Editor's note: Below is an excerpt from author Alex Wellen's new novel, "Lovesick." In this chapter, after weeks of procrastinating, Andy Altman finally works up the nerve to ask his future father-in-law, Gregory Day, for his daughter Paige's hand in marriage. Alex Wellen is an award-winning television producer for CNN.
Nothing like mixing love and a battle with a crime ring of geriatric gangsters to cause some dizziness.
(CNN) -- I go to the dining room for some privacy. It's now or never. I press the speed dial for "Gregory Home." While the phone searches for a cell tower among the sticks, I confirm the coast is clear.
Reception here is spotty. My phone flickers between one and three bars. You can't do this with anything less than three out of five. The quality of the connection is crucial. "Come again, Andrew? Why on God's green earth would you want my dressing?"
I've got two bars. It's ringing. Holy crap! Holy crap! Holy crap! I'm getting married. I should have done this in person. I should have taken him to Applebee's or bought tickets to an Oakland A's game or just asked him over lunch at Langley's Diner. This should be easier. Doesn't every man secretly want a son?
"Hello," Gregory says, bracing for a telemarketer.
"Dad! It's me." No. "Mr. Day, Andy Altman here." No. "Gregory, we need to talk." No.
"Is anyone there?"
"Hi, it's Andy," I say finally.
"Hello, Andrew," he says, still concerned I might sell him something. I can hear him tearing paper like he's opening mail.
"Everything okay?" he says suddenly.
"You bet. We arrived safely in Sonoma," I assure him. "Paige is getting ready for dinner." His daughter may have just turned thirty, but a father never wants to be reminded that his unwed daughter is on a sleepover with a boy. "Ignorance is bliss," "plausible deniability," this is how a father deals with his daughter's virginity, Paige tells me.
"After dinner, it's bingo at the Baptist Church, a mug of hot cocoa, and straight to separate sleeping quarters," I want to tell him. "How are things?" I ask, scanning the reception area, working up the nerve.
"Same as they were two hours ago," he says coolly. Gregory clears his throat: "What can I do for you this evening?"
"So I wanted to call," I say, taking a deep breath.
"Let me stop you right there. I don't need an apology about before. Just don't let it happen again. I want to put this whole evening behind us. Tomorrow's another day."
"You want to put this evening behind us?"
I let out a long sigh. "God, I've never done this before," I say. Was that my inside voice or my outside voice? Calm down. "I wanted to call you," my outside voice says. "You know Paige and I have a wonderful time together. I love her very much and I would like to ask her to marry me. I have such great respect for you and I wouldn't feel right not checking with you first."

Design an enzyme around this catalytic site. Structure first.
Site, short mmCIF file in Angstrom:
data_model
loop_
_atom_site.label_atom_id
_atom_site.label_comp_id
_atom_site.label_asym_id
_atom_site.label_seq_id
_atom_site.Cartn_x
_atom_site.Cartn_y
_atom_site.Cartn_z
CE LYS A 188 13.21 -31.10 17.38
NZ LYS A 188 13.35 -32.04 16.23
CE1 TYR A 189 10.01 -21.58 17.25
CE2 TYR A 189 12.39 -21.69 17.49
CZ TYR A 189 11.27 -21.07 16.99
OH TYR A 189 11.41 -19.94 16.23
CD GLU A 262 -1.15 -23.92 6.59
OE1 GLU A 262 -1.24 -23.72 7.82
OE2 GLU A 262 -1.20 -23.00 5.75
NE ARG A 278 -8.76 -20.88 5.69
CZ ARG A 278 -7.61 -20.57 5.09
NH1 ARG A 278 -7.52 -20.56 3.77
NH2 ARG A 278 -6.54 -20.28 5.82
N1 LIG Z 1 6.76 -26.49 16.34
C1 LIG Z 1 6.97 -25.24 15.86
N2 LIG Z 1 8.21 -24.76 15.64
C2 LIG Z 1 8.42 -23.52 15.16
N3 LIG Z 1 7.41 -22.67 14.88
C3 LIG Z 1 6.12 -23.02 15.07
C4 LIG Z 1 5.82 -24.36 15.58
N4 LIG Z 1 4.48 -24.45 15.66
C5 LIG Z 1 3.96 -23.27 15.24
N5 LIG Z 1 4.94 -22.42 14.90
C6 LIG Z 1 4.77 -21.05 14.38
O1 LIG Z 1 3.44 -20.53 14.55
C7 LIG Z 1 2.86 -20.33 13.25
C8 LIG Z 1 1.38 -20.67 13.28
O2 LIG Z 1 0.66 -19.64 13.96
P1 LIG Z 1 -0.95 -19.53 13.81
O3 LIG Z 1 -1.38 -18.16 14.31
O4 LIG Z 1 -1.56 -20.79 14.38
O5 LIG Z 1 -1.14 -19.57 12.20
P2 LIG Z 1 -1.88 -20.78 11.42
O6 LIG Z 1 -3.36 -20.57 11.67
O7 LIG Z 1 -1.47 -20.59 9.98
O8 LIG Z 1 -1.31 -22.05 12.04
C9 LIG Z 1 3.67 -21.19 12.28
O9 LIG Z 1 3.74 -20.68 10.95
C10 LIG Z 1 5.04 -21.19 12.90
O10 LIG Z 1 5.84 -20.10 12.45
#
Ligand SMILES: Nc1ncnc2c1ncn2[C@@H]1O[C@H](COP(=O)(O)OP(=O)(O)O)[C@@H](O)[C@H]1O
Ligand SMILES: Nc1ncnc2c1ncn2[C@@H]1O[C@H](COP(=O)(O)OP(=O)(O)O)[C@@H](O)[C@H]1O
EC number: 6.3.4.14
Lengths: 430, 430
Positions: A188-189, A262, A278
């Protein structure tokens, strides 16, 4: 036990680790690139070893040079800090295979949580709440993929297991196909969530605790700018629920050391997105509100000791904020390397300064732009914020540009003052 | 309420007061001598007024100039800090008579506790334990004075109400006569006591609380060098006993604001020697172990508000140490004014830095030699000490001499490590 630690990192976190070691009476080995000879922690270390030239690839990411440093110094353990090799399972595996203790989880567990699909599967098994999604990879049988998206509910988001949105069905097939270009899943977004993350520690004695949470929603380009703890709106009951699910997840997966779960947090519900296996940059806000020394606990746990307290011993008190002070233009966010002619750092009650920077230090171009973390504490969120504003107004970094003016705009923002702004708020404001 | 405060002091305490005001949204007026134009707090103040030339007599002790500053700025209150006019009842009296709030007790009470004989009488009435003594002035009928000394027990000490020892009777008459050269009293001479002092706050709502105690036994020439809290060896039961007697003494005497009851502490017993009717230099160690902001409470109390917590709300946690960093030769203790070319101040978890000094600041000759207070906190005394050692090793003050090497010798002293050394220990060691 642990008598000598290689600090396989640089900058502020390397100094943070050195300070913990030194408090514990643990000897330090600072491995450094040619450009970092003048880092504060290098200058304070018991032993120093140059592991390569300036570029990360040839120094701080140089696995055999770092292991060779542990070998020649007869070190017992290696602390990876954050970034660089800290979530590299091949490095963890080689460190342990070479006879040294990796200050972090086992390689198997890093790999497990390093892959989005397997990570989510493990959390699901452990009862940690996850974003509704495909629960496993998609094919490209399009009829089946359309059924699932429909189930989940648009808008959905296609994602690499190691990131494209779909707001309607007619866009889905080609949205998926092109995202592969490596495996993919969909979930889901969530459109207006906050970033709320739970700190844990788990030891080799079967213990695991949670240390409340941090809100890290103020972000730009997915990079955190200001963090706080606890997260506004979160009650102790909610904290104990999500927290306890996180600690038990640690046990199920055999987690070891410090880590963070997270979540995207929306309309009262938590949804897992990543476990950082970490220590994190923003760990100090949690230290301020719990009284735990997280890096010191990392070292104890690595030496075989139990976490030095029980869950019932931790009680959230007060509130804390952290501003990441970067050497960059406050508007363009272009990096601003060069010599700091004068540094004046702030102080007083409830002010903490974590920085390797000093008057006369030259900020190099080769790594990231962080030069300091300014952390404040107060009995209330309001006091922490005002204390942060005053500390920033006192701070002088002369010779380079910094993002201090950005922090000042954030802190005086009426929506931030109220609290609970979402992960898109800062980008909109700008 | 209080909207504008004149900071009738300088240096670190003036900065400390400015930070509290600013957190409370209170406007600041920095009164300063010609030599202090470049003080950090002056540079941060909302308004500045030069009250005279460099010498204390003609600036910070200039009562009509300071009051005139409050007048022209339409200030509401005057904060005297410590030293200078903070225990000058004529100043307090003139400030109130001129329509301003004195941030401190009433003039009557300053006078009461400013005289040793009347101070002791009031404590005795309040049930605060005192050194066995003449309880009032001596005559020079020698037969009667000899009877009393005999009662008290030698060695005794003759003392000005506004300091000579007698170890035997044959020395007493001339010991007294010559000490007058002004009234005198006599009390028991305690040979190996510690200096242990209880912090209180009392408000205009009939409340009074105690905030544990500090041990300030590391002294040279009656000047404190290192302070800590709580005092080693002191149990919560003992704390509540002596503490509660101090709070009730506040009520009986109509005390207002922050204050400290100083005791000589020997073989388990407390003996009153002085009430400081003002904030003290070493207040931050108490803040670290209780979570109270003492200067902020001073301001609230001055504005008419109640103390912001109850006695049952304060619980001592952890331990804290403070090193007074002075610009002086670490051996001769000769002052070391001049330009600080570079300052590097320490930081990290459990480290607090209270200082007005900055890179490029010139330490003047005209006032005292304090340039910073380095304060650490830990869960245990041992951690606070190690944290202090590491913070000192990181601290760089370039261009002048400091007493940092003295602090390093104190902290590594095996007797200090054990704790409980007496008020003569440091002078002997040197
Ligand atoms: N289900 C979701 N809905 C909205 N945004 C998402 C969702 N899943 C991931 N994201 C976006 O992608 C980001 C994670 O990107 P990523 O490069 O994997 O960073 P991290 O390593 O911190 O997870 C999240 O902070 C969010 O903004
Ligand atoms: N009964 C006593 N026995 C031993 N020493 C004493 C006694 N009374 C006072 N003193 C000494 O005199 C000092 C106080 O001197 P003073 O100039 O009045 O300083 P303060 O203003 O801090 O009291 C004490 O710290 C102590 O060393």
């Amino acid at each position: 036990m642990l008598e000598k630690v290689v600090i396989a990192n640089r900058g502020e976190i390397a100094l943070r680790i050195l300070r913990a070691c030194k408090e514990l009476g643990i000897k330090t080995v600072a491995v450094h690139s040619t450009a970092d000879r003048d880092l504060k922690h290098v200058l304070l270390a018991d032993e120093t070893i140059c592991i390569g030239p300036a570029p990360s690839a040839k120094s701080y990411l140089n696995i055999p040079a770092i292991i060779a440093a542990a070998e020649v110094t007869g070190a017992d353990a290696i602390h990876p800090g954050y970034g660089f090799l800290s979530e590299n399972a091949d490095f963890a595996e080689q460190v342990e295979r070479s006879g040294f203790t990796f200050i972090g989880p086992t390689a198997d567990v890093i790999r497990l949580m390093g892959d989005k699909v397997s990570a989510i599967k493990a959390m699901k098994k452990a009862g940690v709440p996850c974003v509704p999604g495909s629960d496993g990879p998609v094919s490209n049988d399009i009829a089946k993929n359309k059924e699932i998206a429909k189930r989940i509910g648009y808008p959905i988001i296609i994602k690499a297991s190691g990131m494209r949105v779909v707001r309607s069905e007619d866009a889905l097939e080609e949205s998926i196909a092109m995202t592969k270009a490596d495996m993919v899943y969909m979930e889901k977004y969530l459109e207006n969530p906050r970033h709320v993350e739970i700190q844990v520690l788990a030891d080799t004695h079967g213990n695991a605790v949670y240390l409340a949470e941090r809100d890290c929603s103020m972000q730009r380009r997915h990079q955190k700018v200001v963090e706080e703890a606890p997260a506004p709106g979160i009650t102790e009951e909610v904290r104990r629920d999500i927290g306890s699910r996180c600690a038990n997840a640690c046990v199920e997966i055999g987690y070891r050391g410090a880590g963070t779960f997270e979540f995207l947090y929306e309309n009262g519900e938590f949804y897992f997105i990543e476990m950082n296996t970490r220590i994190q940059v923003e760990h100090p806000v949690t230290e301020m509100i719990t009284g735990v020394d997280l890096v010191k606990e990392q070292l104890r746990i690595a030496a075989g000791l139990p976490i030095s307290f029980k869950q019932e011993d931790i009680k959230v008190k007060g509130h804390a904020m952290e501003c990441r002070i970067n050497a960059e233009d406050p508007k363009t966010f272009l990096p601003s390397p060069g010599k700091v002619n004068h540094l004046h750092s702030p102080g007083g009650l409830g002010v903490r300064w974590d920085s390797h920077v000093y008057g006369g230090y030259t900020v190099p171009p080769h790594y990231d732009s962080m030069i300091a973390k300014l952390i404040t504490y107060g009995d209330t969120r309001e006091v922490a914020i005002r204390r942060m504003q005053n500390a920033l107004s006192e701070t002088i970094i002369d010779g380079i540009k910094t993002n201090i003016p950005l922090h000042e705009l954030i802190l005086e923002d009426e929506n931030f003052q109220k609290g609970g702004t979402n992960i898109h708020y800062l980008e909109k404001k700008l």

It sounded better in the shower.
A tumbleweed rolls through the dining room. Crickets chirp.
"Hello?" I ask.
Gregory speaks, finally. "I appreciate that, Andrew," he says kindly. "I do." He seems genuinely touched. "When did you want to do this?"
Didn't I say "tonight"? I swore I said "tonight."
"Tonight!" He's appalled, his voice rising. "You're proposing tonight and you're asking me now?"
"You're totally right. I screwed up. I'm sorry. I was just worried about spoiling the surprise."
"You don't trust me to keep a secret?" Gregory demands.
"No, not at all, I trust you. I bet you're the best with secrets."
Gregory takes a deep breath. Then another. He clears his throat.
I'm blowing this.
"Wait," he commands finally.
"Okay. No problem."
I lean against the dining room wall, sandwiching the cell phone between my ear and the window. I close my eyes, bracing for what Gregory might say next. Nine long hours pass in silence. Then I hear him take three short hits of his inhaler.
"Hello?" I ask.
"Hello?" he asks.
"Oh, hey, you're back."
"What do you mean 'I'm back'?" he asks.
"You're back, you told me to wait. Didn't you just go somewhere?"
"I'm just sitting here. I was waiting for you to say something."
"I thought you wanted me to wait," I say.
"I do. I want you to wait to ask Paige to get married."
It's as if Paige and I are back in the car and I've narrowly missed that head-on collision. My blood vessels widen. The adrenaline kicks in. What is he asking me? Is he saying no? Is he saying maybe?
"If this is about money," I prod, "I've got savings."
"That's not it at all."
"You think a year is too short to get engaged," I conclude.
"It's been more like nine months, and that's not it either. Listen," he begins.
"I don't want to pressure you, Gregory," I jump in, "but I love Paige. We're a good couple. I'd be honored to be a part of your family."
"Just wait, Andy," he says, his voice shaky.
It's the first time he's called me this.
"I have my reasons and I'll explain when I see you. I promise. But you need to make me two promises, son: keep this between us . . . and wait."